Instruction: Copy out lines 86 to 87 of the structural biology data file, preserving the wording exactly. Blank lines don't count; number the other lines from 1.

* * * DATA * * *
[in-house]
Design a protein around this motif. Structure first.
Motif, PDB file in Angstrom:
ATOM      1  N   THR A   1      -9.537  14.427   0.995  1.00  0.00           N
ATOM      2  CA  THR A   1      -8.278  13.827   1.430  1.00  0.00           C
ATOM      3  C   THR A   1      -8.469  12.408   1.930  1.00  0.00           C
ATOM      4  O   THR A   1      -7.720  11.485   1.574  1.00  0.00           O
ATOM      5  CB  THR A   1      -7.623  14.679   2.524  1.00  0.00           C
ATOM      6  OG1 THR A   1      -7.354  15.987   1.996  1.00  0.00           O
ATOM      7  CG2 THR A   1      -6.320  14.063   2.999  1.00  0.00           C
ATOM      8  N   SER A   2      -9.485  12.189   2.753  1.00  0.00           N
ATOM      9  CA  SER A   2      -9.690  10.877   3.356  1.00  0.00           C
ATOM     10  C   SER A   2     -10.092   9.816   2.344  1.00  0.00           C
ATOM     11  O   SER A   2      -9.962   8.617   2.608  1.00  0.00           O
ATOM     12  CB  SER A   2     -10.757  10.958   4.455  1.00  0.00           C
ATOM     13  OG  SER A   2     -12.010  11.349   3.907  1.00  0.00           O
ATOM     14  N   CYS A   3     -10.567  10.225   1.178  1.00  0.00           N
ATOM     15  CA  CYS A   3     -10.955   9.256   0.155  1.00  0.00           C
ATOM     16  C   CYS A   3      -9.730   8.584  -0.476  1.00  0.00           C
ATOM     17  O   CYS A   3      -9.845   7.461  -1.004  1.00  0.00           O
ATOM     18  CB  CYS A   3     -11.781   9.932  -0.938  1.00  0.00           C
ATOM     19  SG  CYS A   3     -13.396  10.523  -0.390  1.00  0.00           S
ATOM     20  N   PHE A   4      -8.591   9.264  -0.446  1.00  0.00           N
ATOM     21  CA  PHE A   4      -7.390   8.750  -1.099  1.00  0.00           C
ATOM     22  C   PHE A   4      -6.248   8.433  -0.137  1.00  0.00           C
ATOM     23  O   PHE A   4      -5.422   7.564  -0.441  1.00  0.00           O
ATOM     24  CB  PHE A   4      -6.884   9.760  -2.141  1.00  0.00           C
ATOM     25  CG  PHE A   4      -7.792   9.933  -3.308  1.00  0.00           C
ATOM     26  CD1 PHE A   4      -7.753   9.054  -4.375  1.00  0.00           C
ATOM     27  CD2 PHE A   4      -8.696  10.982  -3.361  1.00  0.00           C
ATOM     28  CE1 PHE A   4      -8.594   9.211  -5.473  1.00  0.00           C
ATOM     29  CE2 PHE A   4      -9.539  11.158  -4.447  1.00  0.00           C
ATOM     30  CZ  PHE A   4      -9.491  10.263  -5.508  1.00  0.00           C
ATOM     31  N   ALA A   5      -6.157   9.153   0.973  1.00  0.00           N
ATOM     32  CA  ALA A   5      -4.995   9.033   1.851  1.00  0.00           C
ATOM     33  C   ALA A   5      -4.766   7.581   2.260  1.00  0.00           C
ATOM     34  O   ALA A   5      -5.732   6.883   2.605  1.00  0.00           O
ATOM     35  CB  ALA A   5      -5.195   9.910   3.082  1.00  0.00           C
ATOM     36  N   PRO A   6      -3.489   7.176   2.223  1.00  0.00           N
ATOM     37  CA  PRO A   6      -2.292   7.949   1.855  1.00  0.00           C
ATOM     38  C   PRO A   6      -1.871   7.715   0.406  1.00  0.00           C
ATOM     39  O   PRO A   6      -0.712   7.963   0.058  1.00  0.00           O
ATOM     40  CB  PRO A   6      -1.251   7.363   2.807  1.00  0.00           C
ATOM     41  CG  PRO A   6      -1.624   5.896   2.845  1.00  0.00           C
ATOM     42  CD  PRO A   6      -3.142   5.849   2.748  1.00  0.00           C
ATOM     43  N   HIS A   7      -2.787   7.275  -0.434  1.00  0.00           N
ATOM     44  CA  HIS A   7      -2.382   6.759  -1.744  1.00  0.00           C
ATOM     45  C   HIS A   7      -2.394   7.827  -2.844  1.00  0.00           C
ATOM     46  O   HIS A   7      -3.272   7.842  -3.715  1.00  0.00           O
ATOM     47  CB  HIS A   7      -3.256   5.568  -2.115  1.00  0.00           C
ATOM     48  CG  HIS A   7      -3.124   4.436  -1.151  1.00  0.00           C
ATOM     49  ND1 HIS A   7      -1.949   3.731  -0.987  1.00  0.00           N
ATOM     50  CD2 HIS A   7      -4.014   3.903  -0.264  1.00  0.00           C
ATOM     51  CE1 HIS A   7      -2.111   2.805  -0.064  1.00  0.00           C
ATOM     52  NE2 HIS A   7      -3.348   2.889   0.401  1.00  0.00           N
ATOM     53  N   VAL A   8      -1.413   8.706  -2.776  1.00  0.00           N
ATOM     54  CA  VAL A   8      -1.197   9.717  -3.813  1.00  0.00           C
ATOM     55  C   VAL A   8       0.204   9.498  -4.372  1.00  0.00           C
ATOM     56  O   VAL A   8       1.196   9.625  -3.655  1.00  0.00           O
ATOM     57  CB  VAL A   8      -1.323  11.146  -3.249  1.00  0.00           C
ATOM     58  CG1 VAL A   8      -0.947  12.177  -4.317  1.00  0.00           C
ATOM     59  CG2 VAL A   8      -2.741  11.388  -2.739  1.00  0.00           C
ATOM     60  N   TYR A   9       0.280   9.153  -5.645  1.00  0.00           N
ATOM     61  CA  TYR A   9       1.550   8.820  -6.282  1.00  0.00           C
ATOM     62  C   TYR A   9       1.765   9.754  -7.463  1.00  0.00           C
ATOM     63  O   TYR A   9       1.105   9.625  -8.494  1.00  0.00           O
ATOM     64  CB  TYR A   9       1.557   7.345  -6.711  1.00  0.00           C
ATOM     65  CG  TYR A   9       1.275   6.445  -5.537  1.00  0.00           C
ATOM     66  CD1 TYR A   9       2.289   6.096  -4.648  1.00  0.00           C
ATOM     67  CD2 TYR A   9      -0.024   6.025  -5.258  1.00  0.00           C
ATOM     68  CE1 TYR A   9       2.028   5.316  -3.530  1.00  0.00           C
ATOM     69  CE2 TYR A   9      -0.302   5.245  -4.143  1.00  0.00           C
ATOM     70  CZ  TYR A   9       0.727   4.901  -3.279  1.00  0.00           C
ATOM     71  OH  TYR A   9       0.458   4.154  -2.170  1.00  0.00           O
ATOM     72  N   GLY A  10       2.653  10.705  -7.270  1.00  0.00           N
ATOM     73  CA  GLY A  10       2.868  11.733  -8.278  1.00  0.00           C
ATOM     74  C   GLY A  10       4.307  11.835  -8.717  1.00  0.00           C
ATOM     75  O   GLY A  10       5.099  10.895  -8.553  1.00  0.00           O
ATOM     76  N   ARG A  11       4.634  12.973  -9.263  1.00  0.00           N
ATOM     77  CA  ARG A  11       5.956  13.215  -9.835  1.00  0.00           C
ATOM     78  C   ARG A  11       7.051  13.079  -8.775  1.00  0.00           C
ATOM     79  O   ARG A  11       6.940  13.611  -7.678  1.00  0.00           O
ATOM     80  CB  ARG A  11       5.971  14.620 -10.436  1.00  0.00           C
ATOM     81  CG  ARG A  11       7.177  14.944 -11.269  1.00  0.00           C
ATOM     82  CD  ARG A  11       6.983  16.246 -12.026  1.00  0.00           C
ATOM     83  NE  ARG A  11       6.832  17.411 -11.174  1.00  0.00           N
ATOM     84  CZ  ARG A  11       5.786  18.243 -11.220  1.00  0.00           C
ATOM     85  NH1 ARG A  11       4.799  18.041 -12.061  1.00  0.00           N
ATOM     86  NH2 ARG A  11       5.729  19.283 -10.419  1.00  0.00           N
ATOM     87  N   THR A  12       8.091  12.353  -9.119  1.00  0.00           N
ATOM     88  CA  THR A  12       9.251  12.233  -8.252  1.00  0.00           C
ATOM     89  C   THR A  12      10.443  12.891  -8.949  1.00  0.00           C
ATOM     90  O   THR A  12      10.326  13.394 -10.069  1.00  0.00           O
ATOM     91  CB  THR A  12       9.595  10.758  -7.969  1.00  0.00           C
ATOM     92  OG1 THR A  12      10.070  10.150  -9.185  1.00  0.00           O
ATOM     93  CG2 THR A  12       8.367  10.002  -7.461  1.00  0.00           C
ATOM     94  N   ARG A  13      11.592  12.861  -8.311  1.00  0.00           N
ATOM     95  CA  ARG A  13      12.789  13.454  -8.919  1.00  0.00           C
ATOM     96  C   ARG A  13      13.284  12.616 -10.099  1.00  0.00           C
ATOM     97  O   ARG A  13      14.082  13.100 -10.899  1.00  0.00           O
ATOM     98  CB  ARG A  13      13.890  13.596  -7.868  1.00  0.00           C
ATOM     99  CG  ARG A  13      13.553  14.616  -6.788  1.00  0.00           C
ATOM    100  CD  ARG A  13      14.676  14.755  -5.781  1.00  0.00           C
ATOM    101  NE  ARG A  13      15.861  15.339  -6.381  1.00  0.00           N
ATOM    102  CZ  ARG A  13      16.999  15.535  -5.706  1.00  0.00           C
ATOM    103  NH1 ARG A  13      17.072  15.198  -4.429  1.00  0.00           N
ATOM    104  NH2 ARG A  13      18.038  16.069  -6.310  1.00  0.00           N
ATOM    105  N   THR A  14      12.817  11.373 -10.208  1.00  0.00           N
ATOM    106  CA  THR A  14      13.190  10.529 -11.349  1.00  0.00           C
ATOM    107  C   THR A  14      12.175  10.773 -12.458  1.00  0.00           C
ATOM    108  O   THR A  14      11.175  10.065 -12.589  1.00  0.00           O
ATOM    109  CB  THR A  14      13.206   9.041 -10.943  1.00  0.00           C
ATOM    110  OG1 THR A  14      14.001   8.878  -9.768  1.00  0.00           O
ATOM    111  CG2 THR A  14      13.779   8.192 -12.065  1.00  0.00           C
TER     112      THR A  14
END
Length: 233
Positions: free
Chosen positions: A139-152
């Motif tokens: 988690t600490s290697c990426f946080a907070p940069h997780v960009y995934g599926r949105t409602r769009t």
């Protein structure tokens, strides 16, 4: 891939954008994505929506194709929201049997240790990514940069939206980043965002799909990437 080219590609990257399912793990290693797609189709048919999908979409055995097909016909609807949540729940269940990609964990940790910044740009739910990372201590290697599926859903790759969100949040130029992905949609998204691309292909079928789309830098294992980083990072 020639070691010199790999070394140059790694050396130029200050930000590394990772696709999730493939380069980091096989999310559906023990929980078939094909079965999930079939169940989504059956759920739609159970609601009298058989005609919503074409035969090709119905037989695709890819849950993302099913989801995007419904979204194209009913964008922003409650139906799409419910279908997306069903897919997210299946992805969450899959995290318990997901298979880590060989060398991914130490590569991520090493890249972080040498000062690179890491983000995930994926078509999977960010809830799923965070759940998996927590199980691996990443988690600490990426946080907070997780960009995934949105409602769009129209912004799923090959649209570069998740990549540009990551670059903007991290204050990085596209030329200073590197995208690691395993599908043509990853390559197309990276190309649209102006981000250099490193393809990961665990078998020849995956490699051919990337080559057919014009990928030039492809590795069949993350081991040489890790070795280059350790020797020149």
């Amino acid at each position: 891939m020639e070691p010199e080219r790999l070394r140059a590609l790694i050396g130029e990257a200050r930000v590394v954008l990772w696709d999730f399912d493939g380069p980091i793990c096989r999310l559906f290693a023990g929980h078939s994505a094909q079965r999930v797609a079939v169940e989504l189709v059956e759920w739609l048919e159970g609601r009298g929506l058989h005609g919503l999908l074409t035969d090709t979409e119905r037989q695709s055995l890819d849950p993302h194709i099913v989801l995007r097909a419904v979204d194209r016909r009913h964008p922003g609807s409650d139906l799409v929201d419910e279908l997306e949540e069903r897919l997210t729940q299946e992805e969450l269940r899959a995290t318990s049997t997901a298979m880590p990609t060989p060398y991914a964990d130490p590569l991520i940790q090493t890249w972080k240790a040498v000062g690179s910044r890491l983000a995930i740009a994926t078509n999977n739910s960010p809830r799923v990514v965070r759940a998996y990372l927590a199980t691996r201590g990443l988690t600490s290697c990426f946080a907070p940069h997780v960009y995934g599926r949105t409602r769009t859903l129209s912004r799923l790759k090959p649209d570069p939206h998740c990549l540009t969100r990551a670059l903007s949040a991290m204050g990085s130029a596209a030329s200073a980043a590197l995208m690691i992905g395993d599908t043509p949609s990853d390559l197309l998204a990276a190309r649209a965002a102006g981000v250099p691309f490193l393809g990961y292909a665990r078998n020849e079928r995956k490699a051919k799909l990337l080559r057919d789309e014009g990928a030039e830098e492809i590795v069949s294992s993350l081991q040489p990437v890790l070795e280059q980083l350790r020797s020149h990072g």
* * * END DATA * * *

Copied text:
ATOM     83  NE  ARG A  11       6.832  17.411 -11.174  1.00  0.00           N
ATOM     84  CZ  ARG A  11       5.786  18.243 -11.220  1.00  0.00           C